Museum of Urban Transport Brussels
The hangars that now house the Museum of Urban Transport Brussels (more commonly known as the ‘Tram Museum’) were built by public-works contractors Jean and Pierre Carsoel from 1897 to 1908. This means that the first hangars date from the same period as the tram line running along the avenue, connecting the Tervuren-based ‘colonial section’ of the 1897 International Exhibition to the rest of the city. The depot originally comprised a tram shed, a small workshop, a power plant, an administrative building, an enormous lamp storage and repair facility, and a neo-Renaissance residential building. One of the sheds on the premises still has its original forge and is used by Brussels public transport company STIB/MIVB to this day! The idea of creating a museum on the site finally came to fruition in 1982. The resulting Museum of Urban Transport Brussels, which was fully renovated between 2007 and 2009, has a fascinating collection of trams, buses, trolleybuses and taxis. As you admire these historic vehicles, you can better gauge the significance of the colours they injected into the Brussels landscape. For instance, tram 1348, which began operating in 1914, was painted pale yellow; this colour would be used for all STIB/MIVB livery until the early 2000s, when it was replaced with grey. As you will see, colour has also had an impact on uniforms, logos, tickets and even stops, serving to facilitate identification. (Listed since 29 November 2001)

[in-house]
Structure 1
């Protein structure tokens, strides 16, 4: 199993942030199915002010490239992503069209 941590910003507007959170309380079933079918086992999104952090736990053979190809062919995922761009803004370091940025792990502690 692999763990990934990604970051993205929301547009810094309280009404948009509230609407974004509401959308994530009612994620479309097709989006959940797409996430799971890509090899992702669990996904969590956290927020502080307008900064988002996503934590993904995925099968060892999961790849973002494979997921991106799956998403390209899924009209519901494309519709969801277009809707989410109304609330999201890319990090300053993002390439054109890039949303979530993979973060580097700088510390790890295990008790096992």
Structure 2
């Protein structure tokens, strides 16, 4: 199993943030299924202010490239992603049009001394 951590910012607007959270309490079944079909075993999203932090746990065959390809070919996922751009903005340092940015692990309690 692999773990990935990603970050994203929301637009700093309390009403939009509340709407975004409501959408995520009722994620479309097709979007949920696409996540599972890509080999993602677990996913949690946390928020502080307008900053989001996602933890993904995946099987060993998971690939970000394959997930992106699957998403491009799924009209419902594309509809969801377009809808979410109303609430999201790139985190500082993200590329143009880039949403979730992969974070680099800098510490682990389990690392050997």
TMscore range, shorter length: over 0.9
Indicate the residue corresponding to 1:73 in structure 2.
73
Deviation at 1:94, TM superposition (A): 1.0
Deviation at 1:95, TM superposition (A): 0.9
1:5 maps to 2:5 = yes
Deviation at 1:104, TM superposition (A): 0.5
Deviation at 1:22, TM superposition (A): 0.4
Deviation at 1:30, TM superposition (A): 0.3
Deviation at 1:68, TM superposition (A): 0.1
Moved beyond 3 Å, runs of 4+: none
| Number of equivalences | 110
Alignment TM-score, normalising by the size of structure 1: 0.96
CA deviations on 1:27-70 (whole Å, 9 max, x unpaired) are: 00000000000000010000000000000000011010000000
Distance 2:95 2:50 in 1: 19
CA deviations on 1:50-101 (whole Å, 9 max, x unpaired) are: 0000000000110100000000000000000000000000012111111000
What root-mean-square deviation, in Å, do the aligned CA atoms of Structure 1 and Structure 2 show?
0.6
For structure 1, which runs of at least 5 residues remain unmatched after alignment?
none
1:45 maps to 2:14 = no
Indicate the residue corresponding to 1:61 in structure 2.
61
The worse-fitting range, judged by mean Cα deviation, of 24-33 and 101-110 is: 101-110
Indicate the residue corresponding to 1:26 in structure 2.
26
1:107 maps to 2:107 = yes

Guided tours on Sat. & Sun. at 11:00, 14:00 and 16:00.
Sat. & Sun., 10:00 to 18:00
Avenue de Tervueren/Tervurenlaan 364, Woluwe-Saint-Pierre/Sint-Pieters-Woluwe
Advance booking required